I was traveling in Pakistan a few years ago, and we were in the backyard at someone’s house. We were standing around before dinner when the host came up to my American friend and said, “Do you want to call your daughter?”
Then he handed him a cell phone.
Now I have to admit I am not the quickest person to pick up on new technology. A friend told me recently that she and I were the only two people she knew who didn’t own a microwave. When it comes to new technology, my usual reaction is, “What’s the point?”
I saw the point in Pakistan and it blew me away. My friend took the cell phone in his hand and punched in some numbers. A moment later, a particular telephone, in a particular apartment in San Francisco was ringing. Some kind of coded electronic beam was able to zoom up into space, find a satellite and then zoom back down on the other side of the globe, where it found that phone in San Francisco.
So I admit it, cell phones are a wonder, and they allow us to keep in touch with loved ones even on the other side of the globe.
Another friend was remembering 30 years ago when he and I were Peace Corps volunteers in Afghanistan and calling home was impossible. Back then when you were gone, you were really gone.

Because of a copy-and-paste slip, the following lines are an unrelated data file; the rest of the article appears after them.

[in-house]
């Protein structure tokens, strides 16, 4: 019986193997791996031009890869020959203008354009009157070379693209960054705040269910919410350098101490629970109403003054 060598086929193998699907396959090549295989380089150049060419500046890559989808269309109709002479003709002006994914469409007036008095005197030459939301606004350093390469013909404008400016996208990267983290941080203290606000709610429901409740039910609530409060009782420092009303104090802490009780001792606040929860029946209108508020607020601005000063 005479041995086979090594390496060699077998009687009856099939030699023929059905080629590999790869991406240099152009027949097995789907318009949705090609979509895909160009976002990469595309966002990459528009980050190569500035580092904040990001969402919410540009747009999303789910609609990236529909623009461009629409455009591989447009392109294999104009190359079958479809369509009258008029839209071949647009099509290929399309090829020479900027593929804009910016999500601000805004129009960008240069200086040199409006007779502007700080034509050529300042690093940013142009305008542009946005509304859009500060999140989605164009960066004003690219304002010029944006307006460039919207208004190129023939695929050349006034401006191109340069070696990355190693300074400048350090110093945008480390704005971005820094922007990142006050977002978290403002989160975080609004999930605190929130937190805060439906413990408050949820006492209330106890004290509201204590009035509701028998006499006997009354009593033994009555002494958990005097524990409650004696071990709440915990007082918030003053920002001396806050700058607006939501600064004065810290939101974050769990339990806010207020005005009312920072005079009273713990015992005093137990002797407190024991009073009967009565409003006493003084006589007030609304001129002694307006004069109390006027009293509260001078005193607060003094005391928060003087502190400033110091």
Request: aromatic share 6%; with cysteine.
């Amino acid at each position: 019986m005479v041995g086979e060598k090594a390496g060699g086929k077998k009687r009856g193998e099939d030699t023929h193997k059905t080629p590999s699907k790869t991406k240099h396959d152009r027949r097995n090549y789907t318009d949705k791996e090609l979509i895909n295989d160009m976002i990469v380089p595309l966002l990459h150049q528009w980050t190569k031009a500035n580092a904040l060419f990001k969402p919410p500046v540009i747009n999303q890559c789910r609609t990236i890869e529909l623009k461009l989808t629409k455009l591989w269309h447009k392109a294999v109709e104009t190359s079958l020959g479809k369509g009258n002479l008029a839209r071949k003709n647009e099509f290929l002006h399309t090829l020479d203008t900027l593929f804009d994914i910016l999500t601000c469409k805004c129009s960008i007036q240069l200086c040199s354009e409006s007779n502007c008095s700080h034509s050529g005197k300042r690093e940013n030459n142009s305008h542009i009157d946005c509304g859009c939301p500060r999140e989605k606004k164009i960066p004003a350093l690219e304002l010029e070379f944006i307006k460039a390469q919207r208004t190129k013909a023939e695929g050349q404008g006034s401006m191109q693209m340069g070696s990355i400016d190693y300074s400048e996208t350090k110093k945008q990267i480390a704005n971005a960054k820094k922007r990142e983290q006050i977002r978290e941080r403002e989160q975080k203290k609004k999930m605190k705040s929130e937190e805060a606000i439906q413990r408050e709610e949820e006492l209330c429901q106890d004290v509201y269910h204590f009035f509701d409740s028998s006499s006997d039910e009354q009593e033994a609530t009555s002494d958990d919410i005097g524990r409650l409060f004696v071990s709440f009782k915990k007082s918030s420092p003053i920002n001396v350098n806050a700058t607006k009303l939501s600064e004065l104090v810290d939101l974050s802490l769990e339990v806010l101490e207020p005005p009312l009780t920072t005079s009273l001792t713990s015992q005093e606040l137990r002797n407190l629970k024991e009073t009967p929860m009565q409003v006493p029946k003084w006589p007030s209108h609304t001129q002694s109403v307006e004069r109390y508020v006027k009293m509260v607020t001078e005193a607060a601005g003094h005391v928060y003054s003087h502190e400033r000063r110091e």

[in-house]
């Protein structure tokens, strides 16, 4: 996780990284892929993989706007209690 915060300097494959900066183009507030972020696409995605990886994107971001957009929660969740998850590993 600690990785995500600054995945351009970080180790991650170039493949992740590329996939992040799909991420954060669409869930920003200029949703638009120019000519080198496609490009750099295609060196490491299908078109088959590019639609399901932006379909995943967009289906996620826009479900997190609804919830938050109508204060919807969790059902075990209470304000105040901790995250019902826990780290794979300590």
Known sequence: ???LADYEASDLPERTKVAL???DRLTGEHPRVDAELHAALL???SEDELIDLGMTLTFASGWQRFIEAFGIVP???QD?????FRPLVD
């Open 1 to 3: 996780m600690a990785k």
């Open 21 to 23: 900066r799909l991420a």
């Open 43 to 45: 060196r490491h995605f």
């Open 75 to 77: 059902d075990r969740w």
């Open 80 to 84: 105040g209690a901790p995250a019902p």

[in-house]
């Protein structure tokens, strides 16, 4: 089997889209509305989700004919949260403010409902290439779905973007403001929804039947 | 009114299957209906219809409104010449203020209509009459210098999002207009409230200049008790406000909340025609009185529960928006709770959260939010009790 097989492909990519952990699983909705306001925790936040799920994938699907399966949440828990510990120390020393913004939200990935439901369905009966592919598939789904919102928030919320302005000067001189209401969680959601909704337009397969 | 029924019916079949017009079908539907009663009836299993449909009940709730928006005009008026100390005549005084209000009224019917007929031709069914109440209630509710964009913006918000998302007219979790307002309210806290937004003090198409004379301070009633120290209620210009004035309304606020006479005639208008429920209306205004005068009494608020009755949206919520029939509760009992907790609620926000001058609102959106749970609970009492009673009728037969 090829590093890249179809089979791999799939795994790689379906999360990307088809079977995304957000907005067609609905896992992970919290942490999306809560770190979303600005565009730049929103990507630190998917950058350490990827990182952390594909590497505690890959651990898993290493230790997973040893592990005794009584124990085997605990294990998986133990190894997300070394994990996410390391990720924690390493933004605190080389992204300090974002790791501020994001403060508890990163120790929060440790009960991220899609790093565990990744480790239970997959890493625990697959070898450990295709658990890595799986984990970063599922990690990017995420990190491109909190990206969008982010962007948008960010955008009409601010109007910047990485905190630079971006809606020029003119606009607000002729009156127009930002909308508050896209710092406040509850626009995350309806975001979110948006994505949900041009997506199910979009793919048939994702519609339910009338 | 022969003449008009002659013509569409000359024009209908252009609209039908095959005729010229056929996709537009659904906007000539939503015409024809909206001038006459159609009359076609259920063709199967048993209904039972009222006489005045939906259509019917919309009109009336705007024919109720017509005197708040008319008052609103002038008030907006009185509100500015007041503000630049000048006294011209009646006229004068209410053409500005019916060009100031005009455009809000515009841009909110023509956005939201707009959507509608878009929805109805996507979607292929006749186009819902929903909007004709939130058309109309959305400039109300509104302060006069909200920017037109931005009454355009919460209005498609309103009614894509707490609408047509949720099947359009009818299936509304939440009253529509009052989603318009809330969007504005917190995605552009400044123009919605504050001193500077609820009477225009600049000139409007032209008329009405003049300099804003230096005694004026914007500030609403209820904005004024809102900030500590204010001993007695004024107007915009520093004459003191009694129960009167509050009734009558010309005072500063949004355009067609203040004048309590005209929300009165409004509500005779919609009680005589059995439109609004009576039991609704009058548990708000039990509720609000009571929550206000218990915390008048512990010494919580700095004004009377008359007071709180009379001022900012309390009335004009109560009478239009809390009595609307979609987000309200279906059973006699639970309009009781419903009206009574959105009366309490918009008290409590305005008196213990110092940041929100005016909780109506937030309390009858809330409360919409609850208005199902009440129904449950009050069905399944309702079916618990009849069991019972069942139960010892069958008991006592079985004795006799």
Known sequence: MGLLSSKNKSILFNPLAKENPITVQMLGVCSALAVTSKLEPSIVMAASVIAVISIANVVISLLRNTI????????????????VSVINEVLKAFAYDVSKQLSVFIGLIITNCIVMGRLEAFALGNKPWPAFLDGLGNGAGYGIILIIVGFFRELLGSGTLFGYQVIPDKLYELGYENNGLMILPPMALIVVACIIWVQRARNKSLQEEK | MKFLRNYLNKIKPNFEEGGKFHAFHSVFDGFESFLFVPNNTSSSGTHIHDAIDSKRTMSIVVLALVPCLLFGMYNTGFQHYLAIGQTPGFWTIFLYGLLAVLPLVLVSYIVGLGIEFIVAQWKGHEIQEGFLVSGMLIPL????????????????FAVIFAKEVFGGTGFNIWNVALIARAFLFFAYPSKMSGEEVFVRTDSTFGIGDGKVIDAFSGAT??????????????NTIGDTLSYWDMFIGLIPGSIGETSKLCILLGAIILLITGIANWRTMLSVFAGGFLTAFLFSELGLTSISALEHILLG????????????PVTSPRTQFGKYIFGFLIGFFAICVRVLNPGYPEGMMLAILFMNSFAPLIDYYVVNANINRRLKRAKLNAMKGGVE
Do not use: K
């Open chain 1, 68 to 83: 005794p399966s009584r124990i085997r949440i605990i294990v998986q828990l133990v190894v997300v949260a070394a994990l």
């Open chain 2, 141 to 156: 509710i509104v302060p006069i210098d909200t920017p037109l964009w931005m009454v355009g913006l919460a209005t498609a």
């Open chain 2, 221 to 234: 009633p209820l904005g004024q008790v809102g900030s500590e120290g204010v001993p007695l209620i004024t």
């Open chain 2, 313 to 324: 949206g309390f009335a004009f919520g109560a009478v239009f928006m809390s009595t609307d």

More recently, his daughter was a Peace Corps volunteer in the Dominican. Any time she wanted to hear someone’s voice, she could use her cell phone. That was good for her, but we old-timers still have the idea that something gets lost when convenience makes things easy.
Needless to say I don’t have a cell phone, and I would dread the idea of having to be so closely in touch with my job that I had to carry one with me. Can you ever feel truly alone with a cell phone in your pocket? It’s like a prisoner with an ankle bracelet.
I know cell phones come in handy. You’ve got your roadside emergencies and any number of moments where you have to be in touch. I understand about the march of progress, and I know my Luddite tendencies aren’t going to make any difference anyway.
That march of progress now involves any number of cell phone companies who want to put up towers over hill and dale in Vermont. A lot of people resent the incursion of these towers on the state’s beautiful hilltops. I’d say beautiful hilltops ought to win out over ugly towers and towns should exercise their authority to make sure these towers go up in the right places.
That means the march of progress may not go as smoothly in Vermont as elsewhere but I think that’s all right. If convenience and progress were the only measure, life would be a lot less interesting.
Now I think I’ll go for a walk. I don’t know where I’m going, and neither does anyone else. But that’s OK. I finally bought a telephone answering machine. So just leave a message.
This is David Moats from Middlebury.
–David Moats is the Editorial Page Editor for the Rutland Herald and winner of the 2001 Pulitzer Prize for Editorial Writing.